Drinking and Shooting at Nevadaville
By Mary Peery
Rocky Mountain News, July 19, 1884: “Quite a rumpus was kicked up at Nevadaville, the seat of most of the troubles in Gilpin County, early Thursday morning. Barely after midnight, George Ellis and Burke, who had been drinking in Mathews’ Saloon, appeared on the sidewalk in front of the saloon. Suddenly, and without apparent cause or warning, Burke hit Ellis in the head with a slung shot (striking weapon) knocking him to the ground, senseless. Burke made his escape for the time being by running away. The marshal was notified and afterwards arrested Burke at Black Hawk, from whence he intended to take the train. He was lodged in jail to await a preliminary examination, which will not occur until next Wednesday owing to the condition of Ellis, which landed (Burke) in jail. Ellis was struck over the head and it is believed some bones were broken, and his wound may prove serious. Burke is a hard character. He shot Bob Fallon in the leg a short time ago and escaped punishment by the disappearance of the witnesses.
About two hours afterward another fracas occurred about the same place as the above. Jack Labaree, another hard character, came up the street near Mathew’s Saloon and got in a quarrel with Henry Granville, whom he accused of stealing his horse, which was missing. An altercation ensued and the two finally grappled. While they were wrestling with each other, Richard Granville, a nephew of Harry Granville, came out of the house and attempted to interfere with the fight, but was pushed back by spectators. He then returned into the house and came out with a shotgun and fired two shots in the direction of the two antagonists, evidently meaning the shots for Labaree and not for his uncle, Harry Granville. Labaree received several buckshot, one in the leg, quite a bad wound, and three in the left arm and shoulder and one or two in the fingers. Harry Granville, the uncle also received one shot in the leg, not a bad wound, and the marshal received one through his pants leg. Richard Granville was arrested and put under $500 bonds to appear before the justice next Wednesday.”
Problems occurred from drinking, and saloons were gathering places for the consumption of alcohol. However, saloons were important to Nevadaville, because they were gathering places, where business and politics could be discussed. Also, saloons were the economic driver of the town. A saloon owner paid an annual saloon license fee of $500 that was payable semi-annually. The number of saloons would increase in the more profitable mining years, and then decrease in recessionary environments. The saloons closed at midnight every day except Sunday, when closing time was 6 p.m. The saloons could also be tippling houses. Tippling houses sold liquor, wine, and beer for consumption off-site, in a similar manner as a liquor store. There was a malt beverage, or beer only, saloon on the south side of Main Street. It was known as Hall’s Place, and it was a billiards hall that was popular with the younger adult males. The annual license fee for a malt beverage only establishment was $250. The amount was half of the regular saloon license fee.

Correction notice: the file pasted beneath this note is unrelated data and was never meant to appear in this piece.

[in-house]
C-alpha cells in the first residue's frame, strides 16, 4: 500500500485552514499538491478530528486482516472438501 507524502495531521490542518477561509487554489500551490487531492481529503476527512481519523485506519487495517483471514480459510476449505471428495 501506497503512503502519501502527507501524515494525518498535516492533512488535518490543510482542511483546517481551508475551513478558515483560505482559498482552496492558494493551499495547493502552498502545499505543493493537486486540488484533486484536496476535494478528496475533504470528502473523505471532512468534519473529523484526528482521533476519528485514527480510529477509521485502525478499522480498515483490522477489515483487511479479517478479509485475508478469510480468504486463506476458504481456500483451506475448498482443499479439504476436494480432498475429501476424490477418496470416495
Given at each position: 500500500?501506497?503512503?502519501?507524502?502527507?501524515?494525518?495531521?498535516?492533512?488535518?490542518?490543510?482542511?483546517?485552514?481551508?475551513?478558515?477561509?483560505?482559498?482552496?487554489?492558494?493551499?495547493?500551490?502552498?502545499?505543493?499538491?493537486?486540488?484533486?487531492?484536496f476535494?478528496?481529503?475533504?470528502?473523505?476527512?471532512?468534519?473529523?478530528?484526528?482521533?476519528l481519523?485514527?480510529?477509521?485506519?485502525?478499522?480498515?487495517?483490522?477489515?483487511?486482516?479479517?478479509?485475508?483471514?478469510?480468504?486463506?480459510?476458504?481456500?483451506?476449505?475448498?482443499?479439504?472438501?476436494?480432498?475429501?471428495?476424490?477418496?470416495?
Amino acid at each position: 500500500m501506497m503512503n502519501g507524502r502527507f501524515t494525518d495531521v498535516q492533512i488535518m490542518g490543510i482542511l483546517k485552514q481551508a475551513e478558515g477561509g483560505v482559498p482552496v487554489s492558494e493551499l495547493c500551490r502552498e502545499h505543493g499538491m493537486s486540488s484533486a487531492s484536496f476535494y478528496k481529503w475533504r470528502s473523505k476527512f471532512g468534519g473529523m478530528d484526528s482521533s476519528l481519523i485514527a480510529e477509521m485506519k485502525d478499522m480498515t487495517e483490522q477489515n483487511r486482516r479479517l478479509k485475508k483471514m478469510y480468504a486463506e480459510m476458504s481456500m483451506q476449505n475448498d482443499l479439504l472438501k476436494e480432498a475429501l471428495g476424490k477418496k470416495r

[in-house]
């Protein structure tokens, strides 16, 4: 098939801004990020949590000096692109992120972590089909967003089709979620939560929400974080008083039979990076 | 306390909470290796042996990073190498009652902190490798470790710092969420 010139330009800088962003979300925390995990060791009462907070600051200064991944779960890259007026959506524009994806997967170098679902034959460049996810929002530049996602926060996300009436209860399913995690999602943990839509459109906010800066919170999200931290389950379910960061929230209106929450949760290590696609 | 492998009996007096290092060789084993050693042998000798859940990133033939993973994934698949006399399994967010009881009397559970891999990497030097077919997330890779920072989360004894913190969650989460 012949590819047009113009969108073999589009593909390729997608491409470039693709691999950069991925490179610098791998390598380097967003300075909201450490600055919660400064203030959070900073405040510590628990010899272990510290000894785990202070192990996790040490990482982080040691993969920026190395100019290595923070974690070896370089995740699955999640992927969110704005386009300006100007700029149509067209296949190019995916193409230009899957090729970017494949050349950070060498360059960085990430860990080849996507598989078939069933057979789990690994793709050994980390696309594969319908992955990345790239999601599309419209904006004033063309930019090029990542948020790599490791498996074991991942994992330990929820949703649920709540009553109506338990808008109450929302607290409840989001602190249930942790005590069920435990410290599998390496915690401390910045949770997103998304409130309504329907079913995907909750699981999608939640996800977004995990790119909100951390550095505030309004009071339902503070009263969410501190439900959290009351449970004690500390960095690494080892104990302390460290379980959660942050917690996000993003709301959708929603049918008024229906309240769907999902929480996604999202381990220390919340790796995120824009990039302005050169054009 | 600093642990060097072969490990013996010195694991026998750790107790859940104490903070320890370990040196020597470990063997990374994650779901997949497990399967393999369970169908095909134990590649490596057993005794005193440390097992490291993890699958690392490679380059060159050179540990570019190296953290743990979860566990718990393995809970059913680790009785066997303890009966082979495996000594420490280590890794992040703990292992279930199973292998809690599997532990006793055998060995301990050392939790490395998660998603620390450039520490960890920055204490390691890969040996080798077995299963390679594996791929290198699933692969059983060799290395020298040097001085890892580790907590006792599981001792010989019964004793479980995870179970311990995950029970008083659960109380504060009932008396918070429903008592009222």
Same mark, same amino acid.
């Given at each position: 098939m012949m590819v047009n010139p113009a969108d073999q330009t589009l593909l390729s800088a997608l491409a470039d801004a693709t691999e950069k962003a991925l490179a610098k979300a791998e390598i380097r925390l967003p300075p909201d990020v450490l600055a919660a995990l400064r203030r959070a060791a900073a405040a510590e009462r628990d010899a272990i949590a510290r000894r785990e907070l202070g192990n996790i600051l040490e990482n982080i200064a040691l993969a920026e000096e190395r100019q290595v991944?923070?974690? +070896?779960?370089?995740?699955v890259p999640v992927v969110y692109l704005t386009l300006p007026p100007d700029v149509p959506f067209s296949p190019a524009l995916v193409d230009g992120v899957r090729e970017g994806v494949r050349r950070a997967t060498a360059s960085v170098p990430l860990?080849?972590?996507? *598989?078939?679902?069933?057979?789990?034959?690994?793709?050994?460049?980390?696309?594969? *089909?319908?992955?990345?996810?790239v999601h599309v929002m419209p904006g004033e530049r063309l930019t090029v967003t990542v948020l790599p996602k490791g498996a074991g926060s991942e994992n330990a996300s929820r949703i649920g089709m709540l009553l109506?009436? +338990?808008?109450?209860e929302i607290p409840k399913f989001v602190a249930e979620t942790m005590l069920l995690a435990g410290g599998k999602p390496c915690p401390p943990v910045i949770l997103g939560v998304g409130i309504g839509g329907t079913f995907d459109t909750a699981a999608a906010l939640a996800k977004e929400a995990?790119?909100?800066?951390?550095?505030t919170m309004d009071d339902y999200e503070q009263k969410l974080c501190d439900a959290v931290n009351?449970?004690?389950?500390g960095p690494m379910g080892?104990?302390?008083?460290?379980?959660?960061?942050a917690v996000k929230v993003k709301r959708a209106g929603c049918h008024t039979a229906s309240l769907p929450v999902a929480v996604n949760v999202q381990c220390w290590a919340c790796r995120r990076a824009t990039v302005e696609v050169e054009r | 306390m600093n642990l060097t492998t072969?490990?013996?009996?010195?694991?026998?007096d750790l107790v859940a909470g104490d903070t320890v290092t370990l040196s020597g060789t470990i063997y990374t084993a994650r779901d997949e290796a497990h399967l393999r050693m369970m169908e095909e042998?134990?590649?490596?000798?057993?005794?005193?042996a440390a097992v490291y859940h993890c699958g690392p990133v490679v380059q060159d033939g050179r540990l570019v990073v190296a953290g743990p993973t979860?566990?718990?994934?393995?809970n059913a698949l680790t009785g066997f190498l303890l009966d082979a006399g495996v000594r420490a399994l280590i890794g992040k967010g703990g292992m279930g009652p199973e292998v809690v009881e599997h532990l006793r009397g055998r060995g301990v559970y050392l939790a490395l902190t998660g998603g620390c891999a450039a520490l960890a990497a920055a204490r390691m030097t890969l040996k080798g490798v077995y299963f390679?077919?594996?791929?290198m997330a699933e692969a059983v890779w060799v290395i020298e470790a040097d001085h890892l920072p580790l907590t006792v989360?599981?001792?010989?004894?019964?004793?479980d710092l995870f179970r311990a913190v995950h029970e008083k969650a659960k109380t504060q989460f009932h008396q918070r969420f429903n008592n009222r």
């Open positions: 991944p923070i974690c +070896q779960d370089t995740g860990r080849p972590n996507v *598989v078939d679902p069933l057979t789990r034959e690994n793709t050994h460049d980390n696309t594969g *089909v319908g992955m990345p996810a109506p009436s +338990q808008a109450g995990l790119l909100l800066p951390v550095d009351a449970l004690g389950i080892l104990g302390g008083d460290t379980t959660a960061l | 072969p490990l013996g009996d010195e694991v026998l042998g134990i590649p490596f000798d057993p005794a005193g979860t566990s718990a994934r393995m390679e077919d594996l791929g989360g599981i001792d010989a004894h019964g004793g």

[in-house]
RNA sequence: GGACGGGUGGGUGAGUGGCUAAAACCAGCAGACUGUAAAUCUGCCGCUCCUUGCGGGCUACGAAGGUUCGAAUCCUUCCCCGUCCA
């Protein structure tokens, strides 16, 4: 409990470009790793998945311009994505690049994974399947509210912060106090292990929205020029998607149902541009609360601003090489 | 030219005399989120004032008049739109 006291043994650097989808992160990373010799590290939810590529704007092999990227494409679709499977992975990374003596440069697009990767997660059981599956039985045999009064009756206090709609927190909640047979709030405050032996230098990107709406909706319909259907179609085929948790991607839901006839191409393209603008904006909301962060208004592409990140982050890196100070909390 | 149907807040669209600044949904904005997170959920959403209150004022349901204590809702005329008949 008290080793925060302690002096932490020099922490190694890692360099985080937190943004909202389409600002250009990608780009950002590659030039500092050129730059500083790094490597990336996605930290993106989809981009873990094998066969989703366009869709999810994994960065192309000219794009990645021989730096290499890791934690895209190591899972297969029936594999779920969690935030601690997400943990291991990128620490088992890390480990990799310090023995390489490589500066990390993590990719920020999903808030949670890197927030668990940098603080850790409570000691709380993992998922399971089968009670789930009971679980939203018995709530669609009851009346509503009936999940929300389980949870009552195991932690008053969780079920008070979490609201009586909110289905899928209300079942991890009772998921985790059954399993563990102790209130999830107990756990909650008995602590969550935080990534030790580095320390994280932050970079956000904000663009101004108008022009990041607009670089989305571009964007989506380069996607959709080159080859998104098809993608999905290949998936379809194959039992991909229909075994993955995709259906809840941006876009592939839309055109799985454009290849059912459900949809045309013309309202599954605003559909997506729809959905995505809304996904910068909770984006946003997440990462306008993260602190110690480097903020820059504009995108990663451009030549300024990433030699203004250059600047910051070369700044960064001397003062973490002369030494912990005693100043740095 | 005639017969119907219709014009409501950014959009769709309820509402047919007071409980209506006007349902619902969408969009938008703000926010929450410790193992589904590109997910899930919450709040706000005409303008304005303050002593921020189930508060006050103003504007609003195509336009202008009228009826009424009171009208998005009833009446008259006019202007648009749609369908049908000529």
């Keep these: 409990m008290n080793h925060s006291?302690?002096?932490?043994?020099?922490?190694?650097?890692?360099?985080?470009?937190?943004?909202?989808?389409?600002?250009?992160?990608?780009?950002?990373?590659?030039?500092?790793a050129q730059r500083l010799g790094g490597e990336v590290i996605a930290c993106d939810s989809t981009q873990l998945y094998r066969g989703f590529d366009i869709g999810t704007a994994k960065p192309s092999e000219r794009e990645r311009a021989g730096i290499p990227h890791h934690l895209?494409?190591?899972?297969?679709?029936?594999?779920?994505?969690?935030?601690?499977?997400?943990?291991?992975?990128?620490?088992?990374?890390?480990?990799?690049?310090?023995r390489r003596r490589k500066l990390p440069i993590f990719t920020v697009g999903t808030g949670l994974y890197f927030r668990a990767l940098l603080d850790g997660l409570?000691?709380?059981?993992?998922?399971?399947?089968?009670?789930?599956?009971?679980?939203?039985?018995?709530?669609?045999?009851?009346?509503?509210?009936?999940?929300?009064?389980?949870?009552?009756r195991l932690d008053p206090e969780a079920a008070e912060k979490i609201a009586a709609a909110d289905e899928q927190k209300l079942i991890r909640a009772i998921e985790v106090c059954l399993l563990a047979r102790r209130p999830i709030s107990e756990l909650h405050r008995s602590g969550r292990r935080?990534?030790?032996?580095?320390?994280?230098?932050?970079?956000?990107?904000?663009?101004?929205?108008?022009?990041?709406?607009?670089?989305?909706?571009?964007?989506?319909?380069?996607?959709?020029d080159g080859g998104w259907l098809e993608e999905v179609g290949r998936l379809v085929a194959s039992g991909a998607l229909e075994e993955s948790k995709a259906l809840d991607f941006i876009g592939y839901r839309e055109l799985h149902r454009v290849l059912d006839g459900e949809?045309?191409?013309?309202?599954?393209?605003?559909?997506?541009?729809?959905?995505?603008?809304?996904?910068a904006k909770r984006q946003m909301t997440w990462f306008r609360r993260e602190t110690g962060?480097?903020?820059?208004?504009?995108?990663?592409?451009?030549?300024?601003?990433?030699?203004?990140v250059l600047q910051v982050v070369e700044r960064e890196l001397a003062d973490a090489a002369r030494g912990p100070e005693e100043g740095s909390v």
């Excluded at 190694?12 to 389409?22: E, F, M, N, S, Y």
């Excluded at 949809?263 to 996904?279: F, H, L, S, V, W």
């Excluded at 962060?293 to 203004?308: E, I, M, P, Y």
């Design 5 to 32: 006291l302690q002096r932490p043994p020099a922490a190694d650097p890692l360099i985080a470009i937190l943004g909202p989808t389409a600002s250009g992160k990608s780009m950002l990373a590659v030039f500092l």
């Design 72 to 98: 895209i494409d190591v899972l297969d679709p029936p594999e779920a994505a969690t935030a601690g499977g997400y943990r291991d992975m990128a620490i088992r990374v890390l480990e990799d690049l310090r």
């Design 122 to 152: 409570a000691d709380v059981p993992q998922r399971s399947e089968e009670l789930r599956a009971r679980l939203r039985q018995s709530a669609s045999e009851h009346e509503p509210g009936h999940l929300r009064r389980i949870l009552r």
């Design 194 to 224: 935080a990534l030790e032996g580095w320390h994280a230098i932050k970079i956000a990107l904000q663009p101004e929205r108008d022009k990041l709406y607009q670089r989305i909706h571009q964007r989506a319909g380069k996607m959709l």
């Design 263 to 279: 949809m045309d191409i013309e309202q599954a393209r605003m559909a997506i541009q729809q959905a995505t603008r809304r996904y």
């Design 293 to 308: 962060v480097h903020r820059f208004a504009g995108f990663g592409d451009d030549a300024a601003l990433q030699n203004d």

Regulations increased over time. In addition to paying the license fee, the saloon owner would have to put up a $2,000 bond. The conditions of the bond included that the saloon owner keeps an orderly place of business, and abides by governing liquor laws. The saloon owner would have to abide by the laws of the State of Colorado, and the laws and ordinances of the Town of Nevadaville. Also included in the saloon owner’s area of responsibility was the sidewalk in front of the saloon. It was the saloon owner’s responsibility to keep the sidewalk (boardwalk) clear and free of nuisances. It was up to the saloon owner to make sure girls weren’t hanging around in front of the saloon. Nevadaville had a commission of three elected officials to oversee saloons and tippling houses. In 1898, the town adopted an ordinance against gambling, specifically against running a Keno table, Faro bank, and against Bagatelle playing cards. The fine would be not less than $50 or more than $100.